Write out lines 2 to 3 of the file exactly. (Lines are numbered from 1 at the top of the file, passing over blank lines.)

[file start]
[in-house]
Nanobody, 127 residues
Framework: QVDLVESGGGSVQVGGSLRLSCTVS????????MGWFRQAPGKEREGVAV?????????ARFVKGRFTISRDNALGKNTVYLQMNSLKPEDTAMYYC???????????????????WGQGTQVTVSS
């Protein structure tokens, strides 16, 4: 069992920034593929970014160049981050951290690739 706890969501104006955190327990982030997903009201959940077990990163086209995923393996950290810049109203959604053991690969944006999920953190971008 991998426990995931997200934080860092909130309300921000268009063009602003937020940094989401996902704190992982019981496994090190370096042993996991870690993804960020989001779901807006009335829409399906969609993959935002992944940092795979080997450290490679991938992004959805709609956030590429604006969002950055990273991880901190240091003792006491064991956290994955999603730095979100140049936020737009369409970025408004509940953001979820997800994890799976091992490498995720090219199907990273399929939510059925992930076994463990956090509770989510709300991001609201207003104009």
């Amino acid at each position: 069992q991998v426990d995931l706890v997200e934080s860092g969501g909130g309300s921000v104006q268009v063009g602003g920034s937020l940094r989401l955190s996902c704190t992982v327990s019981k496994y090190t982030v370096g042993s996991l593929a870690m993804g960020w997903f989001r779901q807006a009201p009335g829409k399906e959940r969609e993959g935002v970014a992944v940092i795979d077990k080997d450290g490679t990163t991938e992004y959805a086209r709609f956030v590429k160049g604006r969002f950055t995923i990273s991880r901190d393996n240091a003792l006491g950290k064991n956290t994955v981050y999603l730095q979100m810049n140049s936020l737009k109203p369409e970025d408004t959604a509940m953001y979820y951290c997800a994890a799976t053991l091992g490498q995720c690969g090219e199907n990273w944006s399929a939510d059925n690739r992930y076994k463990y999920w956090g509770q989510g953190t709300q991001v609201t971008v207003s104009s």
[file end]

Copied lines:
Nanobody, 127 residues
Framework: QVDLVESGGGSVQVGGSLRLSCTVS????????MGWFRQAPGKEREGVAV?????????ARFVKGRFTISRDNALGKNTVYLQMNSLKPEDTAMYYC???????????????????WGQGTQVTVSS